Hello again!
The time has come for us to talk about something that is truly one of the most important shots… THE LAG!  Yes, that is correct.  The lag is one of the most important, if not THE most important shot we will take in the entire match. 

Many tournaments and league matches start off with the two combatants squaring off at the head rail for true test of control, an excersize in repeating fundamentals and judgement.  The two players will lag their respective ball down the table and back up again, the player who gets their ball to stop closest to the head rail wins the all coveted first break of the match.  No matter what the format, winner breaks, alternate break or even loser breaks, the FIRST break is your chance to strike the first blow and hopefully move that first bead to your side of the score board.  Drawing first blood in a match or even staying in control of the table is all determined by the ever unpracticed lag shot.  I can hear you now “but I am an accomplished player Mikey, I don’t need to practice something as trivial and easy as the lag”.  Sadly, so many good players have this mind set, and sadly they will not get that first break advantage as often as the player who practices the art of lagging.  Lagging the ball is a skilled shot, just like shooting a jump shot, banking, or any other shot you have in your repertoire.  In order to master this skill we must practice it!


Let’s begin with our attitude.  When practicing the lag, don’t just go into it half-heartedly.  Be sure to approach this shot with the same focus and discipline as any other shot.  Use your good pre-shot routine, visualize your target, judge your speed and proceed to execution.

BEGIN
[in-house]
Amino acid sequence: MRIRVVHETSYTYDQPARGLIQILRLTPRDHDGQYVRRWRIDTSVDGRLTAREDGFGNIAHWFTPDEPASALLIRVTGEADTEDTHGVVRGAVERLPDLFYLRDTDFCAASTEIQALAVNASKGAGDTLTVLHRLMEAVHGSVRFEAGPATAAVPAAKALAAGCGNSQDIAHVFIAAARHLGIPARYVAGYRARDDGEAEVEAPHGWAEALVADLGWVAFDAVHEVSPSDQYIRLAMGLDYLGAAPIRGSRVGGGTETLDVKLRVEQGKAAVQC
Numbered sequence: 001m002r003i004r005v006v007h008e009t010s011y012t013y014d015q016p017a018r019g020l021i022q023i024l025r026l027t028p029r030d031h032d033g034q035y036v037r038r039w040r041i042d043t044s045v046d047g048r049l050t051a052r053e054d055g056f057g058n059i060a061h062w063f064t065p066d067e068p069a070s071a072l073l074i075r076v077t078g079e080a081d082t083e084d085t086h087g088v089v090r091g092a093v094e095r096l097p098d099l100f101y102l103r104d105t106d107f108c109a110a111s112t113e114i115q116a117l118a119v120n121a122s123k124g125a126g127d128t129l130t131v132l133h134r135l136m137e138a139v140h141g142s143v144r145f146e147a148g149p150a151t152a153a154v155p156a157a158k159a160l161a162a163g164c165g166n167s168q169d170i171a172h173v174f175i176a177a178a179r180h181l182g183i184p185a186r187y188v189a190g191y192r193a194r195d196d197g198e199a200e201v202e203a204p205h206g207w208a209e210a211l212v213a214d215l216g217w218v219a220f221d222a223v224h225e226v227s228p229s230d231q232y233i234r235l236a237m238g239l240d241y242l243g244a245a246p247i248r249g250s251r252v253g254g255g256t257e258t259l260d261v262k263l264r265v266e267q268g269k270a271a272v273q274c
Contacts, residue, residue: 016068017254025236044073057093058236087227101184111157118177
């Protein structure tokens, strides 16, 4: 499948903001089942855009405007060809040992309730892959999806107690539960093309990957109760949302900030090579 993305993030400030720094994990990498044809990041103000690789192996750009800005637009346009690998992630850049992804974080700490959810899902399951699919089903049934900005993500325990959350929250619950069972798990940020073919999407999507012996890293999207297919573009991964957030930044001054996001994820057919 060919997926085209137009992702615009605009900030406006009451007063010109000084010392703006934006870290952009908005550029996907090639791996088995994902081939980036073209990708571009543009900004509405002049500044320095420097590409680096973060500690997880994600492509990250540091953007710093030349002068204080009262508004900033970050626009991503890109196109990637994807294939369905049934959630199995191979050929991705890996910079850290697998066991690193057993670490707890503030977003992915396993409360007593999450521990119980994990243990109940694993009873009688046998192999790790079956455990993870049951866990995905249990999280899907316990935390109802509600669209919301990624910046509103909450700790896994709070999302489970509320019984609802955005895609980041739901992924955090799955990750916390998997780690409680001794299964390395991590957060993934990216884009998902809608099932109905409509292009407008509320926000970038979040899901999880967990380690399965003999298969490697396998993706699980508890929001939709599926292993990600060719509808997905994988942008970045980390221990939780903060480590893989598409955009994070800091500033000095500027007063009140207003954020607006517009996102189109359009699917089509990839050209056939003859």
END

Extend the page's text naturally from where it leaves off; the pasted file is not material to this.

One great way to practice your lag is to make a game of it.  Ask one of your pals to join you in a friendly challenge that will be both fun and educational.  Lay a ruler flat on the table extending out from the head rail.  This will be your guide to plot your results.  Each player takes turns lagging ten times.  Using the ruler, plot the results on a piece of paper and see who can get the closest the most times out of ten.  This will make practicing the lag both fun and entertaining, while at the same time sharpening your skills.
If there is any lesson I want you to take away from this article, it is how important the lag is to giving yourself the best chance to win.

In closing, always remember when practicing the lag:

1. Approach this shot like every shot you take, with the same focus and will to win
2. Make a game of your practice session.  This allows you to plot your results and keep track of your improvement.
3. Practicing the lag is not beneath any player of any skill level, not if they want to give themselves the best chance to win.

Until next time,
Mikey V.